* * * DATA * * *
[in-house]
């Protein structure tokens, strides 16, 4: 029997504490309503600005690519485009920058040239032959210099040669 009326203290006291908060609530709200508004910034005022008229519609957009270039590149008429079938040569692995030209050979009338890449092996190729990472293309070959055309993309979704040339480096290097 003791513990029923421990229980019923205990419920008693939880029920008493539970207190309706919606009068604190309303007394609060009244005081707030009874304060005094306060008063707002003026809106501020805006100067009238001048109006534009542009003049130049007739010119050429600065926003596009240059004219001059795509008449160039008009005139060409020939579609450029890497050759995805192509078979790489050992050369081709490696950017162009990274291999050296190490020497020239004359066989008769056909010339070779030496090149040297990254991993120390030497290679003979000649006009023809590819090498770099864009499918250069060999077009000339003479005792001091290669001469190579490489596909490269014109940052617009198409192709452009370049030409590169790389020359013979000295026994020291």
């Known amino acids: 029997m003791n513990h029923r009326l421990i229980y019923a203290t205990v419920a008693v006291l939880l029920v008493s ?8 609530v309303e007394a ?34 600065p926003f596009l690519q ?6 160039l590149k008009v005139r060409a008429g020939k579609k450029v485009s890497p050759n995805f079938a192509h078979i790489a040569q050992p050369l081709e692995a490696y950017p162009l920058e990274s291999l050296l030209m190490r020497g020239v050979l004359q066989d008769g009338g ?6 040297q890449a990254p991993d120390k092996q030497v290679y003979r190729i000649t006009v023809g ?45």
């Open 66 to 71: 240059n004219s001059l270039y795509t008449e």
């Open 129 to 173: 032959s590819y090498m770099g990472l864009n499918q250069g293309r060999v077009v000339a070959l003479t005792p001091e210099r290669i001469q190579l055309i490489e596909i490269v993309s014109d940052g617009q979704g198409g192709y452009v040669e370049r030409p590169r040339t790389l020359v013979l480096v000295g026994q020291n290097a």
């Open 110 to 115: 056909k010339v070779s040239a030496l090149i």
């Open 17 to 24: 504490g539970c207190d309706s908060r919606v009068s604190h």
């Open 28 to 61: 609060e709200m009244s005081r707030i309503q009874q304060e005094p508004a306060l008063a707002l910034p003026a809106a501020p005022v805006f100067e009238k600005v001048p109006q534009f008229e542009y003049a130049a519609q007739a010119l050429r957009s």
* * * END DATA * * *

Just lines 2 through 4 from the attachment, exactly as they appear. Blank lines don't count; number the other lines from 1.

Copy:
């Protein structure tokens, strides 16, 4: 029997504490309503600005690519485009920058040239032959210099040669 009326203290006291908060609530709200508004910034005022008229519609957009270039590149008429079938040569692995030209050979009338890449092996190729990472293309070959055309993309979704040339480096290097 003791513990029923421990229980019923205990419920008693939880029920008493539970207190309706919606009068604190309303007394609060009244005081707030009874304060005094306060008063707002003026809106501020805006100067009238001048109006534009542009003049130049007739010119050429600065926003596009240059004219001059795509008449160039008009005139060409020939579609450029890497050759995805192509078979790489050992050369081709490696950017162009990274291999050296190490020497020239004359066989008769056909010339070779030496090149040297990254991993120390030497290679003979000649006009023809590819090498770099864009499918250069060999077009000339003479005792001091290669001469190579490489596909490269014109940052617009198409192709452009370049030409590169790389020359013979000295026994020291």
């Known amino acids: 029997m003791n513990h029923r009326l421990i229980y019923a203290t205990v419920a008693v006291l939880l029920v008493s ?8 609530v309303e007394a ?34 600065p926003f596009l690519q ?6 160039l590149k008009v005139r060409a008429g020939k579609k450029v485009s890497p050759n995805f079938a192509h078979i790489a040569q050992p050369l081709e692995a490696y950017p162009l920058e990274s291999l050296l030209m190490r020497g020239v050979l004359q066989d008769g009338g ?6 040297q890449a990254p991993d120390k092996q030497v290679y003979r190729i000649t006009v023809g ?45």
């Open 66 to 71: 240059n004219s001059l270039y795509t008449e």